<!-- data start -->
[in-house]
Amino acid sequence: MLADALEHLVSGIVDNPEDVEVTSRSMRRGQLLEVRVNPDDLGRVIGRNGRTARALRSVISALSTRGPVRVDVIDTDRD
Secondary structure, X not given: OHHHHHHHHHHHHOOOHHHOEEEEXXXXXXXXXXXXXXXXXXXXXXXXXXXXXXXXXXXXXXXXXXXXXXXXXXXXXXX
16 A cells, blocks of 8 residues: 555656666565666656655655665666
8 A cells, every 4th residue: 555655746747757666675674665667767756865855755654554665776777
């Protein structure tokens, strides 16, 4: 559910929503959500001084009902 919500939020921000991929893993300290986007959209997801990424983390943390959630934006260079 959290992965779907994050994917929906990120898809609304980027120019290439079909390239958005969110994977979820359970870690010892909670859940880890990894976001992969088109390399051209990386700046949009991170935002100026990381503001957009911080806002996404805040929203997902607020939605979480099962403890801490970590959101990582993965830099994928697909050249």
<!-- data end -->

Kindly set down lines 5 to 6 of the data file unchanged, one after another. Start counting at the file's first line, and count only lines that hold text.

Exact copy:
8 A cells, every 4th residue: 555655746747757666675674665667767756865855755654554665776777
């Protein structure tokens, strides 16, 4: 559910929503959500001084009902 919500939020921000991929893993300290986007959209997801990424983390943390959630934006260079 959290992965779907994050994917929906990120898809609304980027120019290439079909390239958005969110994977979820359970870690010892909670859940880890990894976001992969088109390399051209990386700046949009991170935002100026990381503001957009911080806002996404805040929203997902607020939605979480099962403890801490970590959101990582993965830099994928697909050249």